Goran said...

Anubis gates.

N. R. Alexander said...

Definitely the Steph Swainston.

Todd said...

I've only read the Tim Powers, but it was very good. Very good.

Seak (Bryce L.) said...

Moorcock! Can't really go wrong with him. :)

brainshades said...

"The Anubis Gates" is one of the greatest Fantasy novels ever written... an incredible stand-alone Fantasy at that - not a trilogy! I love everything Tim has ever written, and have read many of his books multiple times. I hope someday he writes a better book than this one, but if he doesn't he can be damn proud of it.

The Moorcock is going to provide some good reading, but nothing spectacular in the end. The Swainston is just a different take on themes you are already very familiar with so why bother?

Look, you've only got so many books you will ever read in your lifetime - that's a problem we all suffer from. Don't let "The Anubis Gates" be one of those you miss... that would be a crime.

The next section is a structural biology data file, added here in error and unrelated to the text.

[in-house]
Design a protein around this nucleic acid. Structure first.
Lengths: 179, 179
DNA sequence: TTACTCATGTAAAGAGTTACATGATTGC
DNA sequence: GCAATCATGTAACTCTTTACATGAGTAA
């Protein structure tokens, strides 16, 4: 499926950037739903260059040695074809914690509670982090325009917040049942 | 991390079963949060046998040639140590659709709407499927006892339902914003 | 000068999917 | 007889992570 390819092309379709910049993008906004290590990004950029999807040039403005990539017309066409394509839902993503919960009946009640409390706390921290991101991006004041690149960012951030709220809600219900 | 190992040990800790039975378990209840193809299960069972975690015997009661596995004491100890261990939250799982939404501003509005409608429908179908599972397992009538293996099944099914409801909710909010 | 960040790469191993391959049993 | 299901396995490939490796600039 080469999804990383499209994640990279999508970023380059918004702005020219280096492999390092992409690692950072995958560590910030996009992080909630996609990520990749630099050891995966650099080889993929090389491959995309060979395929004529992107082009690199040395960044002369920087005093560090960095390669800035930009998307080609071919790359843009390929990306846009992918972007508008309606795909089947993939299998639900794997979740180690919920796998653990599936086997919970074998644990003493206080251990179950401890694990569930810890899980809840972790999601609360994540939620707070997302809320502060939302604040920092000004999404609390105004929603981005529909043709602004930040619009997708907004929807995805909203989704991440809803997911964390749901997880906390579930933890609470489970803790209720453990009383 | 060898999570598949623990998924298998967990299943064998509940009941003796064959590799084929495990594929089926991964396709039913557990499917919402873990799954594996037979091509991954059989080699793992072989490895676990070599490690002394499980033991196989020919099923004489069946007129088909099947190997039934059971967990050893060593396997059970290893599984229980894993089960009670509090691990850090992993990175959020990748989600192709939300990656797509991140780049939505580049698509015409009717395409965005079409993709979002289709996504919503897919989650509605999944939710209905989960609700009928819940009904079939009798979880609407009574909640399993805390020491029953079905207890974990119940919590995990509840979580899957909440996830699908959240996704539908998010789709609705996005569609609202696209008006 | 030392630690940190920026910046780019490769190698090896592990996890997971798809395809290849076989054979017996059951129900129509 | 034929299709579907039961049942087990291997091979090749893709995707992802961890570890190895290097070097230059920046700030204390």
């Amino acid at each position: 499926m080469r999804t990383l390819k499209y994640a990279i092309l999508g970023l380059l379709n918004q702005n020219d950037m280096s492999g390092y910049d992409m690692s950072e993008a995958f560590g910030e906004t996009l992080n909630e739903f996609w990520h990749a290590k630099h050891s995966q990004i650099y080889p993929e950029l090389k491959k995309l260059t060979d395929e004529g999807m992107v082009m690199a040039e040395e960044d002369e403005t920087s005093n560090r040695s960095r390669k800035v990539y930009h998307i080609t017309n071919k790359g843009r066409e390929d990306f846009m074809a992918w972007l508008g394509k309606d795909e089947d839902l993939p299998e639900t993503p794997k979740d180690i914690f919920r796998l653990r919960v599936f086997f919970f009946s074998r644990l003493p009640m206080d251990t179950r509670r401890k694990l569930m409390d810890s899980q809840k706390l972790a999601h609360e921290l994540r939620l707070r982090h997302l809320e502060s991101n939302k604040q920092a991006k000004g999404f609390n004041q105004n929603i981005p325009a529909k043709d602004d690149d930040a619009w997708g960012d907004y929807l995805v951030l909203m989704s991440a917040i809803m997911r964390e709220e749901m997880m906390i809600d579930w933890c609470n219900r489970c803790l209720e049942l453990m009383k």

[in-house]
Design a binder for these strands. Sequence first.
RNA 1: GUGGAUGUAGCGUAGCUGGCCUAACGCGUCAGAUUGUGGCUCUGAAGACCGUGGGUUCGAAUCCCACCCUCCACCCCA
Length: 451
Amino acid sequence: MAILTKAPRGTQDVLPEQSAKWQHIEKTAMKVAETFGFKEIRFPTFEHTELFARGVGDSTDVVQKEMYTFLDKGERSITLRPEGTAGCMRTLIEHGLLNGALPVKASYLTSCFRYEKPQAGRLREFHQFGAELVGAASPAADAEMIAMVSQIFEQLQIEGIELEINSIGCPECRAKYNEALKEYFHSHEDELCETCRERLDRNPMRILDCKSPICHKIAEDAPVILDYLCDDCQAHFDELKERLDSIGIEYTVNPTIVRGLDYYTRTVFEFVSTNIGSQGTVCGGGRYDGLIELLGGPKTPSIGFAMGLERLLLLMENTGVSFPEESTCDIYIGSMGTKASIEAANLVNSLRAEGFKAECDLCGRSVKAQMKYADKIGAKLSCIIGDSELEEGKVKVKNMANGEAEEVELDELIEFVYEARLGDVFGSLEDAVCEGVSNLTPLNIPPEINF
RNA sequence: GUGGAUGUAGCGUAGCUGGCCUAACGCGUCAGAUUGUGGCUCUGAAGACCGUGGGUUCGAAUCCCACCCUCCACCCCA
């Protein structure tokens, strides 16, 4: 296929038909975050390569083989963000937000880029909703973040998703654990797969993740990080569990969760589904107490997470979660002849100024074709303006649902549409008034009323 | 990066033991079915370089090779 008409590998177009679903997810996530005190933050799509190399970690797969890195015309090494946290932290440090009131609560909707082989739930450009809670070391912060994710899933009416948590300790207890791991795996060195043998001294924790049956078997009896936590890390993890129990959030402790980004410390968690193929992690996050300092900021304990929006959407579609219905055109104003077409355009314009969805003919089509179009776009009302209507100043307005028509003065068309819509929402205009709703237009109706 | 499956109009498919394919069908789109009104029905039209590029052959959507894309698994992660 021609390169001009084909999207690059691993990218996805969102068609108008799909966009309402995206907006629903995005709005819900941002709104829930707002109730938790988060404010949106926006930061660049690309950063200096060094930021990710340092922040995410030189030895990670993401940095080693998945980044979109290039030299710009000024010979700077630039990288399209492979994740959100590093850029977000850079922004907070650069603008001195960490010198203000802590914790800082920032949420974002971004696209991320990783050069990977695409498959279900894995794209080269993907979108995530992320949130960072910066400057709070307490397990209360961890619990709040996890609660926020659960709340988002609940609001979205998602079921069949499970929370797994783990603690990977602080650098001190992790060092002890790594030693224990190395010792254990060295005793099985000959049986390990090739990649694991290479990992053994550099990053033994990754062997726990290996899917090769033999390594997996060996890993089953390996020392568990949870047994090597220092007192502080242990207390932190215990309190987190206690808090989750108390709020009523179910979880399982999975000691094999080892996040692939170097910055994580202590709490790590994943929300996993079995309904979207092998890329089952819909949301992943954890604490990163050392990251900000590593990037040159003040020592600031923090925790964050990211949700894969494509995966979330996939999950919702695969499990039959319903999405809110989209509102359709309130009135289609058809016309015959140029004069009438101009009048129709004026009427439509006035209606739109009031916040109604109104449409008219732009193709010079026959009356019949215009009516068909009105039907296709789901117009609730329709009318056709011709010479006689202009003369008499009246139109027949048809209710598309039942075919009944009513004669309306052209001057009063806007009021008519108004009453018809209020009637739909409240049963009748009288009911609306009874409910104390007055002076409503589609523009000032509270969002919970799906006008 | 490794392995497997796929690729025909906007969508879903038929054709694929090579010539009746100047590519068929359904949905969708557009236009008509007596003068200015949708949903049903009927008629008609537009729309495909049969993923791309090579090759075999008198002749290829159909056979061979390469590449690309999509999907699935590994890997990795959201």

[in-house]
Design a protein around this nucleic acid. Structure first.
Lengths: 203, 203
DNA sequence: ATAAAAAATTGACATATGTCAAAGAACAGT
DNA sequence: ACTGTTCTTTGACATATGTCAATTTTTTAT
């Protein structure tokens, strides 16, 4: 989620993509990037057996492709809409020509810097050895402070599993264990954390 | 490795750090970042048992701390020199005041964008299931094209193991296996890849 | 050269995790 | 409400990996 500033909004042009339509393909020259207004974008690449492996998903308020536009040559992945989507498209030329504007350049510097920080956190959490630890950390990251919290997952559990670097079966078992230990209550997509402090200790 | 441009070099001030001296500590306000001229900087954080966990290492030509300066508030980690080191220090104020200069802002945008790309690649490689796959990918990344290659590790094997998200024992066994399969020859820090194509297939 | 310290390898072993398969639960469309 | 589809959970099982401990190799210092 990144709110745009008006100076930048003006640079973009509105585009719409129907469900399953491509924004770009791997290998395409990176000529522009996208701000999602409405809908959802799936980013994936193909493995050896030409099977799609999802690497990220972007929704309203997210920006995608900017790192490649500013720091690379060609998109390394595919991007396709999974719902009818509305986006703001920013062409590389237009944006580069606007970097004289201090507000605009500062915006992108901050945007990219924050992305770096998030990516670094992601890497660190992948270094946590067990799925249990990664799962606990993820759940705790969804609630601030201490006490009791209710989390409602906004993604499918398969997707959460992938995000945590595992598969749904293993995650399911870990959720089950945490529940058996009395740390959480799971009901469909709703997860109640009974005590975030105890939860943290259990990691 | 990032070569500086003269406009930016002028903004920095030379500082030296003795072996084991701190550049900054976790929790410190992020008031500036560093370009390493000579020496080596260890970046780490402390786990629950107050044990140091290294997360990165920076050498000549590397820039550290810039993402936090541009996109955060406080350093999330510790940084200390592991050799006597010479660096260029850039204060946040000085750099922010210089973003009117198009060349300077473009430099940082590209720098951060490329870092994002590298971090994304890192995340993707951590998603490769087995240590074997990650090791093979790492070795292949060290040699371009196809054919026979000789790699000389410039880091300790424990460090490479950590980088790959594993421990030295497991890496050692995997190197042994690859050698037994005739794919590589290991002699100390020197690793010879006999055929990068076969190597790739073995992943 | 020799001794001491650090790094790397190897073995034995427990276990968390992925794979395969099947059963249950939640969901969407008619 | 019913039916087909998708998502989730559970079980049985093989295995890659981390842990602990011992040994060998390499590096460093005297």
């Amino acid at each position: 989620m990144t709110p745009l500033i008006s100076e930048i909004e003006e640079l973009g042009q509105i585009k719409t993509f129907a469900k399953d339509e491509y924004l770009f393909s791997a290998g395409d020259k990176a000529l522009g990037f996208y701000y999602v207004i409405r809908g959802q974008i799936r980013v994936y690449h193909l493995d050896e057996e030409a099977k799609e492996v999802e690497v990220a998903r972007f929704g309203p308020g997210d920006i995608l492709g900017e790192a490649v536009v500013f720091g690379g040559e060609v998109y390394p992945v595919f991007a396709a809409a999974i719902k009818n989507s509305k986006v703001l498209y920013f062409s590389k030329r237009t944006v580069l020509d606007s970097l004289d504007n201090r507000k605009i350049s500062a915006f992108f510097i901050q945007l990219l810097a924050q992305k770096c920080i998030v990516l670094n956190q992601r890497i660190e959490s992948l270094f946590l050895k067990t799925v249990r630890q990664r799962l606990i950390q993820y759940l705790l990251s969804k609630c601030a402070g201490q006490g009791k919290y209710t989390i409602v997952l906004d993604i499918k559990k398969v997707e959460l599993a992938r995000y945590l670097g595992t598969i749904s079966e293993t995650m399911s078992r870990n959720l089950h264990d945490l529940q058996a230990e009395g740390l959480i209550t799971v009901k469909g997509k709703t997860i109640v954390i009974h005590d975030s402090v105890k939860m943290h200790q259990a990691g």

Aidan Moher said...

The Anubis Gates, no question.

Anonymous said...

Nomad of the Time Streams is good, but not Moorcock's best (and his best is the genres best). Now if you had Dancers At The End of Time in there....

ediFanoB said...

It seems I'm the only one who didn't like the Anubis Gates. It was not my kind of book.

So I vote for Moorcock.

RedEyedGhost said...

The Anubis Gates

Lou Anders said...

Moorcock.

DiapDealer said...

Anubis Gates.
Powers makes most genre authors seem like 3rd graders.
(no offense intended, I like a lot of those 3rd graders)

Mauberly said...

I say No Present Like Time by Steph Swainston. But you should read them all, really.

Eric M. Edwards said...

Without a doubt, The Anubis Gates is a fine way to discover a truly great fantasy/sci fi author.

That said, the Drawing of the Dark is even better (place to start) though perhaps not the better book between the two.

Best of all, simply put in an order for Tim Power's entire back catalog and don't leave the house until you're done.

Happy Reading

Terry Weyna said...

The Anubis Gates is one of the best bits of fantasy I've ever read. Tim Powers is truly wonderful. Try it!

Anonymous said...

THE ANUBIS GATES is, in my opinion, one of the best time travel tales ever written.